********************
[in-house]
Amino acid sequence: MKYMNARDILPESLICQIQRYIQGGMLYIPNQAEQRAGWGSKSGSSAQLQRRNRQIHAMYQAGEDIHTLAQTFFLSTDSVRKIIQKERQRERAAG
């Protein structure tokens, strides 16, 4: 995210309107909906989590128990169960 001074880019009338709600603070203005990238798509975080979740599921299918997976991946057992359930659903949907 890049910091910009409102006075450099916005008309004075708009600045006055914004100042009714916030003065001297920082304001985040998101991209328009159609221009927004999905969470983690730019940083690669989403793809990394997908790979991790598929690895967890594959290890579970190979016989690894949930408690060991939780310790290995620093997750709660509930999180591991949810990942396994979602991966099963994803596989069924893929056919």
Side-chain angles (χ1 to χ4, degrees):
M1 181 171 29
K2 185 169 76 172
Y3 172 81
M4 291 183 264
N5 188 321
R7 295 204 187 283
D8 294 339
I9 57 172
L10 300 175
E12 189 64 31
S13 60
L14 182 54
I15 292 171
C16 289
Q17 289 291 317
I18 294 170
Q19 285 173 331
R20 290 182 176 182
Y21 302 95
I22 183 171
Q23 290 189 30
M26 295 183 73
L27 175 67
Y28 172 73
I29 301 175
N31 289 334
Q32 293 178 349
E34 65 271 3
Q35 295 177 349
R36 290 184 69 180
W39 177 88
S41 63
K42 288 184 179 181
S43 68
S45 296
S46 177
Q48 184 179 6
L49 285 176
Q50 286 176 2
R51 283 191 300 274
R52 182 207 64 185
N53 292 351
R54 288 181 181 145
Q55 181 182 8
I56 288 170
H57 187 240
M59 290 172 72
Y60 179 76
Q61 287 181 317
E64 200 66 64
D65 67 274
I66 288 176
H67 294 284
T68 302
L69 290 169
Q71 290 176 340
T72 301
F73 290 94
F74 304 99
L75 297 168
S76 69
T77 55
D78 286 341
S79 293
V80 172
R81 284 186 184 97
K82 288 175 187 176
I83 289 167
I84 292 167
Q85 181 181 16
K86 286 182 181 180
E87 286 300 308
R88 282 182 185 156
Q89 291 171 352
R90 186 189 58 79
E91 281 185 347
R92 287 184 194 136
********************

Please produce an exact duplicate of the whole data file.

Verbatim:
[in-house]
Amino acid sequence: MKYMNARDILPESLICQIQRYIQGGMLYIPNQAEQRAGWGSKSGSSAQLQRRNRQIHAMYQAGEDIHTLAQTFFLSTDSVRKIIQKERQRERAAG
């Protein structure tokens, strides 16, 4: 995210309107909906989590128990169960 001074880019009338709600603070203005990238798509975080979740599921299918997976991946057992359930659903949907 890049910091910009409102006075450099916005008309004075708009600045006055914004100042009714916030003065001297920082304001985040998101991209328009159609221009927004999905969470983690730019940083690669989403793809990394997908790979991790598929690895967890594959290890579970190979016989690894949930408690060991939780310790290995620093997750709660509930999180591991949810990942396994979602991966099963994803596989069924893929056919």
Side-chain angles (χ1 to χ4, degrees):
M1 181 171 29
K2 185 169 76 172
Y3 172 81
M4 291 183 264
N5 188 321
R7 295 204 187 283
D8 294 339
I9 57 172
L10 300 175
E12 189 64 31
S13 60
L14 182 54
I15 292 171
C16 289
Q17 289 291 317
I18 294 170
Q19 285 173 331
R20 290 182 176 182
Y21 302 95
I22 183 171
Q23 290 189 30
M26 295 183 73
L27 175 67
Y28 172 73
I29 301 175
N31 289 334
Q32 293 178 349
E34 65 271 3
Q35 295 177 349
R36 290 184 69 180
W39 177 88
S41 63
K42 288 184 179 181
S43 68
S45 296
S46 177
Q48 184 179 6
L49 285 176
Q50 286 176 2
R51 283 191 300 274
R52 182 207 64 185
N53 292 351
R54 288 181 181 145
Q55 181 182 8
I56 288 170
H57 187 240
M59 290 172 72
Y60 179 76
Q61 287 181 317
E64 200 66 64
D65 67 274
I66 288 176
H67 294 284
T68 302
L69 290 169
Q71 290 176 340
T72 301
F73 290 94
F74 304 99
L75 297 168
S76 69
T77 55
D78 286 341
S79 293
V80 172
R81 284 186 184 97
K82 288 175 187 176
I83 289 167
I84 292 167
Q85 181 181 16
K86 286 182 181 180
E87 286 300 308
R88 282 182 185 156
Q89 291 171 352
R90 186 189 58 79
E91 281 185 347
R92 287 184 194 136